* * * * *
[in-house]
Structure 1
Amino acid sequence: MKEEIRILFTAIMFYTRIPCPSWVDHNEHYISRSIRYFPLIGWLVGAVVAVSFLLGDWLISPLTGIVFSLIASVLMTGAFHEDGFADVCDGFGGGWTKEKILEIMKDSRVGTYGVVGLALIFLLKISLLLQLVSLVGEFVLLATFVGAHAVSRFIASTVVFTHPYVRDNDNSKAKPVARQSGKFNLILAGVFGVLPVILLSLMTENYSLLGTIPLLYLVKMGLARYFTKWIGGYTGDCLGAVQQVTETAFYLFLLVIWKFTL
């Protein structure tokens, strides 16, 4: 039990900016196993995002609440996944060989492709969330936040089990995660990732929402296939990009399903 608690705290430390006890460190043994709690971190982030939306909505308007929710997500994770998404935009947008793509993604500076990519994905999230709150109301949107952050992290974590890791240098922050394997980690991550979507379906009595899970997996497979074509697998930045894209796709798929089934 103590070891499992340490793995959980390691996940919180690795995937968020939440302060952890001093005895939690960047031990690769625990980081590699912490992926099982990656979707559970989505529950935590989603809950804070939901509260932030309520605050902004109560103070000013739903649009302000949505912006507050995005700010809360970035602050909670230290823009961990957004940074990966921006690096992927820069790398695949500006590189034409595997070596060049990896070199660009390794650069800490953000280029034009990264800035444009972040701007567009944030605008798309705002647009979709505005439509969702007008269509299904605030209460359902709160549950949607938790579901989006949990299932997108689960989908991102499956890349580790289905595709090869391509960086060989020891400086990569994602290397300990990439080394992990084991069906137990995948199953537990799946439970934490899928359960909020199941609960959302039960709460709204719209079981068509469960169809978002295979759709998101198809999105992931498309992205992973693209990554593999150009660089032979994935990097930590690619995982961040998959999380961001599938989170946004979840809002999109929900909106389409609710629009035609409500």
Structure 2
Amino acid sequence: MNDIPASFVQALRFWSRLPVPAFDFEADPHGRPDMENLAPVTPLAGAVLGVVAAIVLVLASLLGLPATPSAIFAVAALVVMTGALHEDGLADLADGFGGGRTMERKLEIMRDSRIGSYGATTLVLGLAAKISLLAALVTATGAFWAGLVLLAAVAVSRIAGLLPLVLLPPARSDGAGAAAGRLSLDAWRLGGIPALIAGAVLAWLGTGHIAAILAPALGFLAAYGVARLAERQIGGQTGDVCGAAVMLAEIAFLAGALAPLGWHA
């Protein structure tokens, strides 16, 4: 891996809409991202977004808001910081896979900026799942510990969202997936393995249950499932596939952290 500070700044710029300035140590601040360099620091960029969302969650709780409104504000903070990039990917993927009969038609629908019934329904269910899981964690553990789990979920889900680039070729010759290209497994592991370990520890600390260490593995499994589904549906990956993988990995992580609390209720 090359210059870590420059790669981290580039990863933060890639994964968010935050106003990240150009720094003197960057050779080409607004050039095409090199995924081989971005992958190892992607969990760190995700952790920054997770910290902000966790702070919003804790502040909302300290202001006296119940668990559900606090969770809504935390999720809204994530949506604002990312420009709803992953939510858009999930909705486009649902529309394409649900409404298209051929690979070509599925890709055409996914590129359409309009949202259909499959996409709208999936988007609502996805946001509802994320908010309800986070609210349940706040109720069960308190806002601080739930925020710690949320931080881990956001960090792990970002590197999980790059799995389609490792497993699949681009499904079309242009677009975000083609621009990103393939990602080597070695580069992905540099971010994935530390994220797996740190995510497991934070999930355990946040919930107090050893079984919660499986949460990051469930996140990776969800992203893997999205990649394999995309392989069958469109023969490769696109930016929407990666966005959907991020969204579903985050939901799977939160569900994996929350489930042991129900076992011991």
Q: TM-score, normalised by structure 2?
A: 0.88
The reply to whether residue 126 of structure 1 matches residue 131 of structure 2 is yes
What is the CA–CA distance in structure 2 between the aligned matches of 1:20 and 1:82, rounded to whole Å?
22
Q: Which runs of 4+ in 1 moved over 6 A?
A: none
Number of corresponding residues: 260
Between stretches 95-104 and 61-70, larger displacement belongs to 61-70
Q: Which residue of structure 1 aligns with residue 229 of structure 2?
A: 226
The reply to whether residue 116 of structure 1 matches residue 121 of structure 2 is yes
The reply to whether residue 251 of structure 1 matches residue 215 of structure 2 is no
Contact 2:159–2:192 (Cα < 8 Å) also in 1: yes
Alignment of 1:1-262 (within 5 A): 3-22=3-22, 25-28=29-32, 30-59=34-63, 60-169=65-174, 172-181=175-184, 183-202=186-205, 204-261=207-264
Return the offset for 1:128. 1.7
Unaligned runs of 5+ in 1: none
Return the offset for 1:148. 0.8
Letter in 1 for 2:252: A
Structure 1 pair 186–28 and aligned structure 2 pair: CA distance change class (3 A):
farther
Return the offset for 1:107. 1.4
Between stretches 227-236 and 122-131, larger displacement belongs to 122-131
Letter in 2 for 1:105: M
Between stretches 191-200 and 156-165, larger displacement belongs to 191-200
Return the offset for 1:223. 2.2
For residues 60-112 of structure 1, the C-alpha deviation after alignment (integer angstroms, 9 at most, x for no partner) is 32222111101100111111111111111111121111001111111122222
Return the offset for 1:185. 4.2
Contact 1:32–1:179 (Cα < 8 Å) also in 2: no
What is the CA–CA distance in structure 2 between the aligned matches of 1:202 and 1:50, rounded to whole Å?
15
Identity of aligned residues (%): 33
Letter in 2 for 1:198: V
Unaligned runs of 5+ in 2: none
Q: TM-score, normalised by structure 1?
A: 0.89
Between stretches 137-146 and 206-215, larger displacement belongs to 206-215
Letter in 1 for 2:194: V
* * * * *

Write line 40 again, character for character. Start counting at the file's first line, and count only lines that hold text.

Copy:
Letter in 2 for 1:198: V